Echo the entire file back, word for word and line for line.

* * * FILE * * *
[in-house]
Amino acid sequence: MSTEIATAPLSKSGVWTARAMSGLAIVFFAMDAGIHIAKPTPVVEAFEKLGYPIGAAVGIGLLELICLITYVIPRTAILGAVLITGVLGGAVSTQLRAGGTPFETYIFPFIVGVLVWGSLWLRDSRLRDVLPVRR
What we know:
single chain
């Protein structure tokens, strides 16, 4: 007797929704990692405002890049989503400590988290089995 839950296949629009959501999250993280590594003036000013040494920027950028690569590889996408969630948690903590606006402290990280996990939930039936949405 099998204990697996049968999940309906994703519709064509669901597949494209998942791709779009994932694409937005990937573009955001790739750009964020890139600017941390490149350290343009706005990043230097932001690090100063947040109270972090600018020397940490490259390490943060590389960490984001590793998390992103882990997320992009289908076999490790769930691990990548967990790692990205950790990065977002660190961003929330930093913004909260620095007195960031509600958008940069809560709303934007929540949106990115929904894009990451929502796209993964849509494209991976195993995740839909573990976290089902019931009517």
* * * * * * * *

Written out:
[in-house]
Amino acid sequence: MSTEIATAPLSKSGVWTARAMSGLAIVFFAMDAGIHIAKPTPVVEAFEKLGYPIGAAVGIGLLELICLITYVIPRTAILGAVLITGVLGGAVSTQLRAGGTPFETYIFPFIVGVLVWGSLWLRDSRLRDVLPVRR
What we know:
single chain
């Protein structure tokens, strides 16, 4: 007797929704990692405002890049989503400590988290089995 839950296949629009959501999250993280590594003036000013040494920027950028690569590889996408969630948690903590606006402290990280996990939930039936949405 099998204990697996049968999940309906994703519709064509669901597949494209998942791709779009994932694409937005990937573009955001790739750009964020890139600017941390490149350290343009706005990043230097932001690090100063947040109270972090600018020397940490490259390490943060590389960490984001590793998390992103882990997320992009289908076999490790769930691990990548967990790692990205950790990065977002660190961003929330930093913004909260620095007195960031509600958008940069809560709303934007929540949106990115929904894009990451929502796209993964849509494209991976195993995740839909573990976290089902019931009517």